Nonsynonymous variants and targeted assays
Predict the effect of naturally occurring missense mutations on cellular enzymatic activity
Data provided by: Jonathan H. LeBowitz, Wyatt T. Clark, G. Karen Yu, BioMarin Pharmaceutical, Inc.
The Nucleophosmin - Anaplastic Lymphoma Kinase fusion protein (NPM-ALK): predict the effect of mutations in the kinase domain on kinase activity and Hsp90 binding affinity.
Data provided by: Paolo Bonvini and Federica Lovisa, Padua Children's Hospital
3. SUMO ligase
Human SUMO ligase (UBE2l): predict the effects of missense mutations on competitive growth in a high-throughput yeast complementation assay.
Liver pyruvate kinase (L-PYK): predict the effects of missense mutations on kinase activity and allosteric regulation.
Data provided by: Aron Fenton, University of Kansas Medical Center
Regulatory variants and gene expression
Identify regulatory sequences and eQTL-causal variants, and estimate their effects on activation of transcription in a massively parallel reporter assay.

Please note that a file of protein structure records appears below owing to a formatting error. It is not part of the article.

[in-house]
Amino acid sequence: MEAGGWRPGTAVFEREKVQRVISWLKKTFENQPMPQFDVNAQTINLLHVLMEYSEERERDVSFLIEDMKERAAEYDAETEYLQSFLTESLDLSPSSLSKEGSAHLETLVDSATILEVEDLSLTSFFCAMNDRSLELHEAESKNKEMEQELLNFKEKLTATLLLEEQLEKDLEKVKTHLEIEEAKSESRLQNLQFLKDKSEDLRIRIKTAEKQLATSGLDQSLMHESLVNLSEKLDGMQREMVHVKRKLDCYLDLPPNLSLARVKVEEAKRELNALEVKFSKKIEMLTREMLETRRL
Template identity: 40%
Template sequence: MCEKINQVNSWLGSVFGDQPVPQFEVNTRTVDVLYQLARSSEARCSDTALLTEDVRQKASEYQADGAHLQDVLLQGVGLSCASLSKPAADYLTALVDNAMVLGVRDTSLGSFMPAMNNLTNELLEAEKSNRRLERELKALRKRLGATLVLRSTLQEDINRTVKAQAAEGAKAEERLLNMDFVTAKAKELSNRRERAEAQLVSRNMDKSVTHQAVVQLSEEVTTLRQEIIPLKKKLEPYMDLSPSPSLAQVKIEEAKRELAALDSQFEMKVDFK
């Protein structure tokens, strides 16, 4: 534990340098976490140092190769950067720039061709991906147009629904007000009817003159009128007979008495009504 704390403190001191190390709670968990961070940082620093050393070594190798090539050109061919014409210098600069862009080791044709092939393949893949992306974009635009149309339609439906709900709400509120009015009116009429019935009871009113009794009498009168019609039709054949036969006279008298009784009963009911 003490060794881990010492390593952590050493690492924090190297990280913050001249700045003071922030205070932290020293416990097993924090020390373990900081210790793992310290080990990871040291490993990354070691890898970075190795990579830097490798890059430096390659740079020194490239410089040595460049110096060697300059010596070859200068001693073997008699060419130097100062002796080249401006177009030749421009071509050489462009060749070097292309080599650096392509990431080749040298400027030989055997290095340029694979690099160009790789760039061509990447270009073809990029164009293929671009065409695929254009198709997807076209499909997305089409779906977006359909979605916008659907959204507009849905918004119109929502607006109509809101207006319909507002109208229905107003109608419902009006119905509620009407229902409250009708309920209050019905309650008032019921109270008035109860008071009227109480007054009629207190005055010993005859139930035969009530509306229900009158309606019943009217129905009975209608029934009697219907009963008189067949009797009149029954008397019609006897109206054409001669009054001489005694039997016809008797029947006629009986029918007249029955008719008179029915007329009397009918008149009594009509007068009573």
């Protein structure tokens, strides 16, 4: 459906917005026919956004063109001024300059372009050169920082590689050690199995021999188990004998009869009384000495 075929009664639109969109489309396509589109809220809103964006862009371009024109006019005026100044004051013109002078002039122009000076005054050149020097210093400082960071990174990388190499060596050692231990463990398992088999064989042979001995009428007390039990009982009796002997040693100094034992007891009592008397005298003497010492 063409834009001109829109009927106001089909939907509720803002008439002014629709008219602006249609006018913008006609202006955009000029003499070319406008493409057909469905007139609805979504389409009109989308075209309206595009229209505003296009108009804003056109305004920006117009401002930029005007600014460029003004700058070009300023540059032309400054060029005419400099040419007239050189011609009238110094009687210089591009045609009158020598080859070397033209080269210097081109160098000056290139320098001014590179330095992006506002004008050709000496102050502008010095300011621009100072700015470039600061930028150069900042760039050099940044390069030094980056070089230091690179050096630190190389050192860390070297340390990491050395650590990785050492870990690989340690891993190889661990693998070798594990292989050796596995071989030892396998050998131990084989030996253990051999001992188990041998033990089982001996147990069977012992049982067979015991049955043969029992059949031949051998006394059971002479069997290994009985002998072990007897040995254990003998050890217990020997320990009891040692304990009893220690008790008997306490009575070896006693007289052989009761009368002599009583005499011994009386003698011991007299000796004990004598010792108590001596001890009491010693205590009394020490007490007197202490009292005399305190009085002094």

Data provided by: Ryan Tewhey and Pardis Sabeti, Broad Institute
Research trial exomes, complex disease
Distinguish between exomes of Crohn's disease patients and healthy individuals.
Data provided by: Prof. Dr. Andre Franke & Dr Britt-Sabina Petersen, Institute of Clinical Molecular Biology, Christian-Albrechts-University Kiel, Germany
Estimate patients’ therapeutic warfarin doses from their exome sequence.
Data provided by: Roxana Daneshjou and Russ Altman, Stanford University School of Medicine
Distinguish between exomes of bipolar disorder patients and unaffected individuals.
Data provided by: Mehdi Pirooznia and Peter Zandi, The Johns Hopkins University; Richard McCombie, Cold Spring Harbor Laboratory; James B. Potash, University of Iowa
Predict patients’ clinical descriptions and pathogenic variants from gene panel sequences.
Data provided by: Bethany Buckley, Molly Sheridan, and Garry R. Cutting, The Johns Hopkins University
Predict patients’ clinical descriptions and pathogenic variants from their genome sequences.
Data provided by: Stephen Meyn & colleagues, SickKids
Personal genomes and trait profiles
The Personal genome project (PGP): predict individuals' phenotypes.
Data provided by: George Church and colleagues, Harvard Medical School
Prediction season: through January 2016. During this period, challenges will typically close 2 to 3 months following their release date. A specific close date is posted on each challenge web page.